Sunday, March 31, 2013

Should we Change Our Laws and Accept Same Sex Marriage?

That’s the big question today confronting our citizens and the U.S. Supreme Court.

For thousands of years, most all traditions around the world have recognized marriage as between a man and a woman. Only in the last ten years or so, has there been a major effort to change our marriage laws to include same sex marriage, mainly endorsed, quite naturally, by the homosexual community. It seems that gays are no longer seeking tolerance in America, they are seeking approval of their lifestyle. They are using gay marriage as a means of achieving that approval. In the process, they have demonized the opposition by using terms like bigot and homophobe, and it seems to be working.

Our marriage laws spring from a system of values and beliefs i.e., every law that is passed is an instance of legislating morality. A nations laws help shape the beliefs, character, and actions of its citizens. It’s impossible to separate morality from law. To argue that homosexual behavior should be viewed and treated the same as heterosexual behavior suggests that a person has adopted a moral position. And to call me, and others, a bigot for not agreeing with their moral position on homosexual behavior, is a moral judgment.

By trying to change the laws regarding marriage, you are insisting on imposing your morality on the rest of us. The question is, does your morality strengthen the social fabric and further the cause of personal freedom and individual liberty or would it destroy society and undermine liberty.

Firstly, the government doesn’t force anyone to get married. Secondly, no one has a “right” to get married because marriage is not a human right, it is a privilege, even for homosexuals. Government rightly discriminates regarding the privilege of marriage, which means it’s not unreasonable for society to place restrictions on marriage to serve its best interests i.e., the encouragement of children and families. The argument that current marriage laws “discriminate” against homosexuals confuse discriminations among different kinds of behavior, what other purpose does law have? While people are treated the same, all their behaviors are not.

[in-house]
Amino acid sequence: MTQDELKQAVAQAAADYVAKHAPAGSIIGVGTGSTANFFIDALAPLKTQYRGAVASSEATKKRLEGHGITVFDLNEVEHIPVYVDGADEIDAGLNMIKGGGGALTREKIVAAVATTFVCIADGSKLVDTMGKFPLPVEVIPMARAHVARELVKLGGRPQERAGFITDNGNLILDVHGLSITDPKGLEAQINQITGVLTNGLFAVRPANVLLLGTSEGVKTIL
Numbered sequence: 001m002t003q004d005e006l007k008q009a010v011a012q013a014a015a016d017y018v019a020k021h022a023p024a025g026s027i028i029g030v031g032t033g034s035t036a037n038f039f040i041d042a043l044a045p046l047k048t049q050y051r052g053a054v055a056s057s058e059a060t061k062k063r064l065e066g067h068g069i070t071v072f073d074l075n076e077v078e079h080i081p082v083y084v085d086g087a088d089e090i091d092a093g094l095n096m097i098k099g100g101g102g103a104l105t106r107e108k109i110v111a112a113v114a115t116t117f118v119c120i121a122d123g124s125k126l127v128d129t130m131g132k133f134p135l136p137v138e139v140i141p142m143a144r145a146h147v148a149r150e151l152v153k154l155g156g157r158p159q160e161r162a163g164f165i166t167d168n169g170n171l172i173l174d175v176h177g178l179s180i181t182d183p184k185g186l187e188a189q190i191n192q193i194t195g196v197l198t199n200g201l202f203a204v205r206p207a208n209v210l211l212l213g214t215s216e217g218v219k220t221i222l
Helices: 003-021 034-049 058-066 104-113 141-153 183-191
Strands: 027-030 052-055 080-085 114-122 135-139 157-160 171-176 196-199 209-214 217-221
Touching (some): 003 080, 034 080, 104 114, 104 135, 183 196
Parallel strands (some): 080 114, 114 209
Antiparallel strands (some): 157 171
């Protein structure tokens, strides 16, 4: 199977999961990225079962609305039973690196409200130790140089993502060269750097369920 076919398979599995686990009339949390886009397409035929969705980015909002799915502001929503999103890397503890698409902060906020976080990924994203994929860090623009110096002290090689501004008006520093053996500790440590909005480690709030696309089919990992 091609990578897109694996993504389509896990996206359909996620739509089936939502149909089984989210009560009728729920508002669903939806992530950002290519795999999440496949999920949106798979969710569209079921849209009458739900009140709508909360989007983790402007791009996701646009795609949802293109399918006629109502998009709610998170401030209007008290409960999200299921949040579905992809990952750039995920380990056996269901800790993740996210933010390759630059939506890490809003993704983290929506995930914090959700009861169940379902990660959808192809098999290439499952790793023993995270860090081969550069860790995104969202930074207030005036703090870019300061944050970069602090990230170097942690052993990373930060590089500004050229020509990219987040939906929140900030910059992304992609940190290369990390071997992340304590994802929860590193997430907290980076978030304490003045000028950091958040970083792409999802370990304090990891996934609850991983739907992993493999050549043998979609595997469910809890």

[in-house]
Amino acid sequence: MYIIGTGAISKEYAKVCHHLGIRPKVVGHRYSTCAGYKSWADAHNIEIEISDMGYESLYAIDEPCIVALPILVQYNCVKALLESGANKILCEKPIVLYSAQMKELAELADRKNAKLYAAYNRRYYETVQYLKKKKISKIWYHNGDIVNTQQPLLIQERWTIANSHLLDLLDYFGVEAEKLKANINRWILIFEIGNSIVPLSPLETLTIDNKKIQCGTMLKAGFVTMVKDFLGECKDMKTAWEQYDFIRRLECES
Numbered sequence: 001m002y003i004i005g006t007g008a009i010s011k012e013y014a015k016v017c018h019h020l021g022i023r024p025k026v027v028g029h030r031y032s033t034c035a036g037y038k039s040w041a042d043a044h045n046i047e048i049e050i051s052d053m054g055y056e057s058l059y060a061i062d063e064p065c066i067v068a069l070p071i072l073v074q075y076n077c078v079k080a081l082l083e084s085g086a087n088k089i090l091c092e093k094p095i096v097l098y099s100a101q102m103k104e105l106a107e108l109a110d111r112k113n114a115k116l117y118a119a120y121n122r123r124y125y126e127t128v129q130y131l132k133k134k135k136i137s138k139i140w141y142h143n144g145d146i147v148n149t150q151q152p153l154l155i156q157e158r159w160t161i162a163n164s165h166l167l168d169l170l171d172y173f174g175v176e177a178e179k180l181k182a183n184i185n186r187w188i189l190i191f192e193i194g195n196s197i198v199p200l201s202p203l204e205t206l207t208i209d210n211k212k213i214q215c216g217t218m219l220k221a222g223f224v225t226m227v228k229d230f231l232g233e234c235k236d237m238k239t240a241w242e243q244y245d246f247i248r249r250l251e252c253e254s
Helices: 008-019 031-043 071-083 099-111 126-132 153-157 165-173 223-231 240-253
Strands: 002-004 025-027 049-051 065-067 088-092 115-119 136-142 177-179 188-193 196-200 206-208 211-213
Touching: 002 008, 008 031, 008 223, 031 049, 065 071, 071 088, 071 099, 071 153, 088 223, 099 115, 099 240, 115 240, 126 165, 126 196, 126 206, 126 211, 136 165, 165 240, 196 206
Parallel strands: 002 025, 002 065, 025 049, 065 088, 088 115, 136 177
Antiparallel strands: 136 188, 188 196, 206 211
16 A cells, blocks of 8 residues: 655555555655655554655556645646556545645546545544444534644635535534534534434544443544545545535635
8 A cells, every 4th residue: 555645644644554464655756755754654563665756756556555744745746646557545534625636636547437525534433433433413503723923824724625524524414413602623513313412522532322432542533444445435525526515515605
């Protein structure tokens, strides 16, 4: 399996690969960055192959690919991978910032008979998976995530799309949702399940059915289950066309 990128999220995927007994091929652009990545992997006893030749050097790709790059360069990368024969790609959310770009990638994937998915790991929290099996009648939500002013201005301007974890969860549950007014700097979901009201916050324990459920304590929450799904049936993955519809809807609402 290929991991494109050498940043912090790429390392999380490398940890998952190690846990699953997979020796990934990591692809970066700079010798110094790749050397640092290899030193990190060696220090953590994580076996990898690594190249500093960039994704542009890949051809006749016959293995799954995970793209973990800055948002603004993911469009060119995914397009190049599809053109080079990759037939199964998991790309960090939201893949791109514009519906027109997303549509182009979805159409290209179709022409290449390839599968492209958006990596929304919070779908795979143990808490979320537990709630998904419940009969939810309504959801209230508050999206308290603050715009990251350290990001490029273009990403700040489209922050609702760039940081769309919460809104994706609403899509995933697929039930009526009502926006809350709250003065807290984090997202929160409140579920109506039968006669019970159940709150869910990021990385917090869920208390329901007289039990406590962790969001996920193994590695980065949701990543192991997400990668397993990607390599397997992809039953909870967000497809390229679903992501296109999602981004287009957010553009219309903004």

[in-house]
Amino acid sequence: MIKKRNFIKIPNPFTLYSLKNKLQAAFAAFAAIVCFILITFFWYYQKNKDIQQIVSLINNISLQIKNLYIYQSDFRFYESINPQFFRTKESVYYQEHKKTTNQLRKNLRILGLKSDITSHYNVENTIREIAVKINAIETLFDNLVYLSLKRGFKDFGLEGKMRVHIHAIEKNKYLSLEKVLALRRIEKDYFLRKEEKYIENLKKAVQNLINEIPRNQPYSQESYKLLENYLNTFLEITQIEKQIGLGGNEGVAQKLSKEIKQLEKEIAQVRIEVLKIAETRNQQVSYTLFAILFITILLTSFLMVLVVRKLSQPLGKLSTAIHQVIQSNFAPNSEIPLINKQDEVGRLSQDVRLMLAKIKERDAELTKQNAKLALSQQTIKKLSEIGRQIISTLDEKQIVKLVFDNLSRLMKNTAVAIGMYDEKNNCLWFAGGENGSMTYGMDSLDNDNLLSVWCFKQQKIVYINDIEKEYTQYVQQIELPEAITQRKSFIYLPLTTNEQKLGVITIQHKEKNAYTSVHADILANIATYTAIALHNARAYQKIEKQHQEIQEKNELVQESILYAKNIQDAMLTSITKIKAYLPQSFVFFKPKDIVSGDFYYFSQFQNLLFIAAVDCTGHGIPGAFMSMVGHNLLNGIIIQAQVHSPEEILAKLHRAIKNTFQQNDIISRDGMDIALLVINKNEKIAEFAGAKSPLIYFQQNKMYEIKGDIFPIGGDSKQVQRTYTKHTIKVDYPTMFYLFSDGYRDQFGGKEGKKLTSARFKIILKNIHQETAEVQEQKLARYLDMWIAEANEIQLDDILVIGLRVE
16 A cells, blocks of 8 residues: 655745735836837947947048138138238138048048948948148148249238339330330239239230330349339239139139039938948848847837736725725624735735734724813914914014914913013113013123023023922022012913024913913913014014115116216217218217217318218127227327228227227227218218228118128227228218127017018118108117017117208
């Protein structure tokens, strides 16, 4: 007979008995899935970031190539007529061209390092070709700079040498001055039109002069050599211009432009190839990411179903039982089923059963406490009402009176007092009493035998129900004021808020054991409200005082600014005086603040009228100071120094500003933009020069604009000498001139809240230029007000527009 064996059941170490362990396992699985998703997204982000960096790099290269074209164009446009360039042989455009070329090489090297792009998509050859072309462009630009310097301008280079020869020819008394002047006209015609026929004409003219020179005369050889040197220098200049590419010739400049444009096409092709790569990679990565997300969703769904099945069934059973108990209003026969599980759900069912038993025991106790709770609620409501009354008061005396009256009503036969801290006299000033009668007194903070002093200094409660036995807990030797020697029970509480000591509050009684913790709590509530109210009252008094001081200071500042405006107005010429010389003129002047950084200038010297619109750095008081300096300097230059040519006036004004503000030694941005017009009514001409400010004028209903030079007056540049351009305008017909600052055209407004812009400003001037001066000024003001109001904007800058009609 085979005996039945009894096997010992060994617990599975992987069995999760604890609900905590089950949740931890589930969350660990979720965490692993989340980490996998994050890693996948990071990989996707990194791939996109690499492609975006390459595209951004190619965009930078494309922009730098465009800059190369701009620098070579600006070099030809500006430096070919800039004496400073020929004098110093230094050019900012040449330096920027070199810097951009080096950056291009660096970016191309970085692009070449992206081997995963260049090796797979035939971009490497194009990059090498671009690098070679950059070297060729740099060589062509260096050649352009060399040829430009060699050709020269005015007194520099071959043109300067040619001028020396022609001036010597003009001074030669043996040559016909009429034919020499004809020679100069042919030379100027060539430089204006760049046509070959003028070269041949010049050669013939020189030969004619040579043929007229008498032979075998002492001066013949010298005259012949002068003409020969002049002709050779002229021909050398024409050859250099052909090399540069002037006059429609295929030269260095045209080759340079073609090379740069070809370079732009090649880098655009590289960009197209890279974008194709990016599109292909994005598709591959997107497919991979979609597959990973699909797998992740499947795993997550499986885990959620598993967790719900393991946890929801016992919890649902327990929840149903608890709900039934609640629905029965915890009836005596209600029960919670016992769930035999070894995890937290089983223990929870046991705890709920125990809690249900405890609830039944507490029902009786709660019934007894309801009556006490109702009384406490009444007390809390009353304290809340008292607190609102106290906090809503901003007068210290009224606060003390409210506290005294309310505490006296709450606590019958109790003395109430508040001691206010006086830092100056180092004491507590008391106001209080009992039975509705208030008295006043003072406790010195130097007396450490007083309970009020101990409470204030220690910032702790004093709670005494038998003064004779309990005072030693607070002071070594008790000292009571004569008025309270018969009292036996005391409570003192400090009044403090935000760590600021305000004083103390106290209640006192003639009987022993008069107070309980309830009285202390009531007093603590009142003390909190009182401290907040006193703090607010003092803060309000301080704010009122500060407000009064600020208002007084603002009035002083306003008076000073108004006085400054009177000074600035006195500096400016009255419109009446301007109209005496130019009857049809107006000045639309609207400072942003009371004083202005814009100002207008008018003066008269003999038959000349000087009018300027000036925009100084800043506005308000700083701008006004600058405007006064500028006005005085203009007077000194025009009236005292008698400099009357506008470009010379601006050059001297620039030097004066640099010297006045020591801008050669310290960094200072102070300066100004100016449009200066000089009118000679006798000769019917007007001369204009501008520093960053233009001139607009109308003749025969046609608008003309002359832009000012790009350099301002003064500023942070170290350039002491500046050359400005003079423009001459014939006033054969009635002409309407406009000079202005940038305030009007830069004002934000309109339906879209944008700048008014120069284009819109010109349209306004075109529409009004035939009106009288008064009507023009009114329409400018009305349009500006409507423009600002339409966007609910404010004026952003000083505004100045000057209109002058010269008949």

The real issue is whether marriage should be redefined - and, if for gays, why not for polygamists? Why not for pedophiles?

Marriage is not a right, but a set of legal obligations imposed because the government has a vested interest in unions that among other things have the potential to produce children, which is to say, the future population of the nation, and to maintain stable family relationships for the good of society.

The law is a great teacher, and by legalizing same sex marriage it will teach future generations that marriage is not about children but about coupling. When marriage becomes nothing more than coupling, fewer people will get married to have children. That will mean more children born out of wedlock, that will be a disaster for everyone. Also, society will be hurt because illegitimacy starts a chain of negative effects that fall like dominoes - illegitimacy leads to poverty, crime, and higher welfare costs which lead to bigger government, higher taxes, and a slower economy.

Is that what we want for the future of our children, grandchildren and our country?

(Information for this article was gleaned from the writings of I.M. Kane, Frank Turek and Thomas Sowell)

Conservative commentary by Chuck Lehmann

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1 comment:

Paul Santoli said...

We have been bombarded by the media and liberal Democrats (or are they now called "Progressives")that same sex marriage is the same as heterosexual marriage and any restrictions against same sex marriage are to be looked at as bigoted, and the people who are against it are homophobes. Maybe it's the homosexual community who are the bigots and not the heterosexual community? The gays are trying to shove their morality down the throats of the majority of other citizens who are in favor of traditional marriage. That's the outrage.